Venezuela is rich in resources. It has plenty of water, minerals and one of the world’s largest reserves of oil, according to Reuters. Yet the country is reeling in recession and has trouble keeping electricity and water running around the country. The crisis has gotten worse in recent weeks as water levels in the Guri reservoir have reached record lows and near crisis levels. The hydroelectric plant there provides two thirds of the country’s electricity.
President Nicolas Maduro says the El Nino driven drought is responsible for the electric outages, but experts like Danilo Diaz Grandos say that is an excuse to hide Maduro’s bad management of the nation’s resources. Not too long ago Venezuela was thriving under the direction of Hugo Chavez, but that is when oil was pumping fast and prices were high. The lower oil prices have cut the country’s revenue in half, and add drought to the equation, and the problems escalate.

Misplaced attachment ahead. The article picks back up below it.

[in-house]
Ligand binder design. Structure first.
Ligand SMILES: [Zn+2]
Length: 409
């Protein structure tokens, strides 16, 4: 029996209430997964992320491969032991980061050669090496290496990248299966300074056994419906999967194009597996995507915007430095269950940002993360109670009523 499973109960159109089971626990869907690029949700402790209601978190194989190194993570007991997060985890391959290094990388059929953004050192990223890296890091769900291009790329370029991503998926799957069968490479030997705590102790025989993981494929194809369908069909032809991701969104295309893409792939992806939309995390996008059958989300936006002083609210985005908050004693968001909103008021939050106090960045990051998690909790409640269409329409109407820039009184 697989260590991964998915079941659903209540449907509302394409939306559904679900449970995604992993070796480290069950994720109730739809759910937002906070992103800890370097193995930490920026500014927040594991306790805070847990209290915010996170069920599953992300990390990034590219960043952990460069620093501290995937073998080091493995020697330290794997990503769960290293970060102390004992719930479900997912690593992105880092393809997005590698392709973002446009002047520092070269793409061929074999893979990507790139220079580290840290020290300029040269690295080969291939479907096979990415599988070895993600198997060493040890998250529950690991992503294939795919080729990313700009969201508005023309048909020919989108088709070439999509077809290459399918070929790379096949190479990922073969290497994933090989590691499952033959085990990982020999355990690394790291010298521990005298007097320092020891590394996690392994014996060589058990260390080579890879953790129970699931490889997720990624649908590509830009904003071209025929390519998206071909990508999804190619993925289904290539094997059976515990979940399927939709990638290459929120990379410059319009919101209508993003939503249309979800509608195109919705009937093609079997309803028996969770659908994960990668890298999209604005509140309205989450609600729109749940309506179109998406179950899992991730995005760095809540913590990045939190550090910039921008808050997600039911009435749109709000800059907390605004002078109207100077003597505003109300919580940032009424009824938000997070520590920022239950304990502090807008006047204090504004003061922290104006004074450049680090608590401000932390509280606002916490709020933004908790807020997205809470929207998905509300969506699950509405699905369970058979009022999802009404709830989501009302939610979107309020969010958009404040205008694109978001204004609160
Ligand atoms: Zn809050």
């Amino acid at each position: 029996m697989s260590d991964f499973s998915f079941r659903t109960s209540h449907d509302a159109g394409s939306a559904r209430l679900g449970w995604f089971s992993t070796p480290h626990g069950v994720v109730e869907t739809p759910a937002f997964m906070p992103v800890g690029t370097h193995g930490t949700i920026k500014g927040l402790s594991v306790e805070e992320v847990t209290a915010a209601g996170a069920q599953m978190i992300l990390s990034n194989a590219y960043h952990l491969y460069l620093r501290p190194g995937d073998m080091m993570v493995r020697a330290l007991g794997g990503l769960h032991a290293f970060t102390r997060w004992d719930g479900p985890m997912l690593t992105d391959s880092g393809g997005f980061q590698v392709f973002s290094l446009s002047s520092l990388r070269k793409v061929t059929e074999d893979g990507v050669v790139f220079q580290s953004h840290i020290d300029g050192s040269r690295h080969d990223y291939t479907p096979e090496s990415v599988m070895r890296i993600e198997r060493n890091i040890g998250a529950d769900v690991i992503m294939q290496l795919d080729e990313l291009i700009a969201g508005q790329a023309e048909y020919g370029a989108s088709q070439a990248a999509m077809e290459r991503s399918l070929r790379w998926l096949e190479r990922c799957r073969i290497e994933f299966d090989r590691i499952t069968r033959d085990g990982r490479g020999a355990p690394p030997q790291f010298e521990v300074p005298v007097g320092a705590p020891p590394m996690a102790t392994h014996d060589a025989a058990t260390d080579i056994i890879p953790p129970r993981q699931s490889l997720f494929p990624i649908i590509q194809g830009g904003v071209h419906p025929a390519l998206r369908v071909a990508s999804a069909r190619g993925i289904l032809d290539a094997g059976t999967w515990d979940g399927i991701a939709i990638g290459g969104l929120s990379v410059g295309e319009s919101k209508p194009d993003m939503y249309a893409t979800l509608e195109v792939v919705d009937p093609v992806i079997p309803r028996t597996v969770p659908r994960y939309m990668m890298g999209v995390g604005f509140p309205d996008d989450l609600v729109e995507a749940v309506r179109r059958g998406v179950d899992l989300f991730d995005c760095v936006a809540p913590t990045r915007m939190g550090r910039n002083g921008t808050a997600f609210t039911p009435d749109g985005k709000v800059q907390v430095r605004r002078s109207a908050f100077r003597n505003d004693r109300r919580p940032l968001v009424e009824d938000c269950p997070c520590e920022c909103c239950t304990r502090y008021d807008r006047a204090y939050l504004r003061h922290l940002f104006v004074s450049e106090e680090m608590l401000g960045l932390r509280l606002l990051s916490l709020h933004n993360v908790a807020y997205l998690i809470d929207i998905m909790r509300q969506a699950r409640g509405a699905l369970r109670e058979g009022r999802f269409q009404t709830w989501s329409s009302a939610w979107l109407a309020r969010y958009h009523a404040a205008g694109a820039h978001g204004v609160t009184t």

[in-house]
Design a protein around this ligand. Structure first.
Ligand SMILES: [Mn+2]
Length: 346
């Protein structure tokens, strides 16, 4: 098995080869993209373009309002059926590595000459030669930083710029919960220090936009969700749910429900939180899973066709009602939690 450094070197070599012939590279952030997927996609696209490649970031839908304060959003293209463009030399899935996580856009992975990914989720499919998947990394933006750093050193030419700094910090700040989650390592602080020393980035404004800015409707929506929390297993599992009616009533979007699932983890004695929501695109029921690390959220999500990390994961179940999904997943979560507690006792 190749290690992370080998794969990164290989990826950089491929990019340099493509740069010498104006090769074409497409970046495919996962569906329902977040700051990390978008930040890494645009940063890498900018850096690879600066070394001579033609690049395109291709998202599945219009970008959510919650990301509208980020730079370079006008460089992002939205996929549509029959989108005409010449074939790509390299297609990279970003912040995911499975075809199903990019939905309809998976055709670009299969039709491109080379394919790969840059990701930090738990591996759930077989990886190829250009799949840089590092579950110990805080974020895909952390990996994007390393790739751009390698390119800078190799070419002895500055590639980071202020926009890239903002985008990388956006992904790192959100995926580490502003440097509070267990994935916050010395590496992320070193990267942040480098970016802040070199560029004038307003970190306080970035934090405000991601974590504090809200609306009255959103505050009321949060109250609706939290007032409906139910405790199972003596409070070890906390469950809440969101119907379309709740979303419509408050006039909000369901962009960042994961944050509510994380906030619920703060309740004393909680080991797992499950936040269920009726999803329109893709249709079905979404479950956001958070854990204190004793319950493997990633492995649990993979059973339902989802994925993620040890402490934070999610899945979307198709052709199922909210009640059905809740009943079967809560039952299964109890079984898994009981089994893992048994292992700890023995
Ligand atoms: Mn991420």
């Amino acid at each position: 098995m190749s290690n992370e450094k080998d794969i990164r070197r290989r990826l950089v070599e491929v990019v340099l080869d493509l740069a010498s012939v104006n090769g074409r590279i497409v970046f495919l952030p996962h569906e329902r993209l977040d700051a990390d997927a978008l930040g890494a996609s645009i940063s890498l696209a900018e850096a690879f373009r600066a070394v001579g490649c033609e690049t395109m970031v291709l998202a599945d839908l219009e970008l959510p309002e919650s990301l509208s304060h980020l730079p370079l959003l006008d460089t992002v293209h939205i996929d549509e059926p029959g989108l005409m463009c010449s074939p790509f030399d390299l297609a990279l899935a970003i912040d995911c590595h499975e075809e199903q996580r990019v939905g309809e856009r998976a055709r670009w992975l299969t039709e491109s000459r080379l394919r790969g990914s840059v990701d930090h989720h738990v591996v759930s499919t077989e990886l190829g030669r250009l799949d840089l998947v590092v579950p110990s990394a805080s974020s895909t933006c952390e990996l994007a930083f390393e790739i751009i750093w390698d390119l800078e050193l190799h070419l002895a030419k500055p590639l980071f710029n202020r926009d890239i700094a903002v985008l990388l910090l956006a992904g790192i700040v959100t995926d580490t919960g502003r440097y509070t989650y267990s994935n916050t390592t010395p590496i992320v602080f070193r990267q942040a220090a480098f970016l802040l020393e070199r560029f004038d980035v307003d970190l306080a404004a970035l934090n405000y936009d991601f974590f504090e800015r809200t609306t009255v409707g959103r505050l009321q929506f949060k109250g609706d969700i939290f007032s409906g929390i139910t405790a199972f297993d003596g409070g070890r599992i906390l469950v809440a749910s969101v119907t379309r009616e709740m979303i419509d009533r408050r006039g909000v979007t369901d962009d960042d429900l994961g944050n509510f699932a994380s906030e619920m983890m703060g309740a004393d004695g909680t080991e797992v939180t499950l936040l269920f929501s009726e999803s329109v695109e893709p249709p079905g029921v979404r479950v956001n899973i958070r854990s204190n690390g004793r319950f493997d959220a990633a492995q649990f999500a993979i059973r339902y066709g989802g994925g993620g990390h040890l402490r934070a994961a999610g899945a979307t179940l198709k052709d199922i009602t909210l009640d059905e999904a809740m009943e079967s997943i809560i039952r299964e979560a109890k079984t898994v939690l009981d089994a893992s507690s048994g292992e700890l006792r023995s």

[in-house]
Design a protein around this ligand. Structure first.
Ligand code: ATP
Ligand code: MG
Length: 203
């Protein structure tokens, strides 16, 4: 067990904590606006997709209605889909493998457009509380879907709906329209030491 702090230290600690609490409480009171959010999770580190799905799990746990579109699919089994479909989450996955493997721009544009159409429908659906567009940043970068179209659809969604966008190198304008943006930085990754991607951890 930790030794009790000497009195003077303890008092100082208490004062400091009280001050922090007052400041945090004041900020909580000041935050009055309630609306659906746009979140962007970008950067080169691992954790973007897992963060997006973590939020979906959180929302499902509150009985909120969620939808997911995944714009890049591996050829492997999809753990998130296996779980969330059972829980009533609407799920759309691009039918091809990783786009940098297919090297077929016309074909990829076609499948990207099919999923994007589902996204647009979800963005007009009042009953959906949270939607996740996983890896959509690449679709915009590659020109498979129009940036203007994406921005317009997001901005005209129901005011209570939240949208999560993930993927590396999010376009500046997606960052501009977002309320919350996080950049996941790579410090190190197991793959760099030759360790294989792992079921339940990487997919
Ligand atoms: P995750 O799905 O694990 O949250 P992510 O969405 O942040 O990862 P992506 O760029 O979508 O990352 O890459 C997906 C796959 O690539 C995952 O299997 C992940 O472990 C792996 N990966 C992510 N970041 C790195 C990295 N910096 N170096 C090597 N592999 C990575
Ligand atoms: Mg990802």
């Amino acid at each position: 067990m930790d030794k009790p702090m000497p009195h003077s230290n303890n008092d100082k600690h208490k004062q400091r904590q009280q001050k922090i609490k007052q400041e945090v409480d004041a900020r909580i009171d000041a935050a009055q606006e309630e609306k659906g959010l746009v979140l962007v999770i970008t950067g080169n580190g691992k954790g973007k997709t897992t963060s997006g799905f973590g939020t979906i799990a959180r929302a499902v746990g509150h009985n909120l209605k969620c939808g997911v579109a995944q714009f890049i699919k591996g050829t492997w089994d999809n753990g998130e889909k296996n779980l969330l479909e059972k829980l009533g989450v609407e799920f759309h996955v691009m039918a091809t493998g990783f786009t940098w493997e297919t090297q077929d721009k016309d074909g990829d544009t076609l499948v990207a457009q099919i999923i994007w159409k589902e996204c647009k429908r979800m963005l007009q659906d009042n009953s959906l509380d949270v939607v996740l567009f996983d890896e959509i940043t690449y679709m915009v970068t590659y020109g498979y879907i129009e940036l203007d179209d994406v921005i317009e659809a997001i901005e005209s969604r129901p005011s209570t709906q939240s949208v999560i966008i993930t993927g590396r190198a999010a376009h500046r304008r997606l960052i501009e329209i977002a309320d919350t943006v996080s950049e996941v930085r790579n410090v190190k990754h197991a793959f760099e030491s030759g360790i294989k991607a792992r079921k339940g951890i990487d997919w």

Maduro has instituted energy saving measures like having all government employees work a shorter week, and urging people to use less electricity and less time on facebook. In some cases there are electrical outages every day. People are growing angry and there are more protests daily.
The political opposition has also increased its efforts to oust Maduro, starting a petition drive to have a referendum. They are able to have a referendum after a president has served half of a six year term, which Maduro has after being elected in 2013.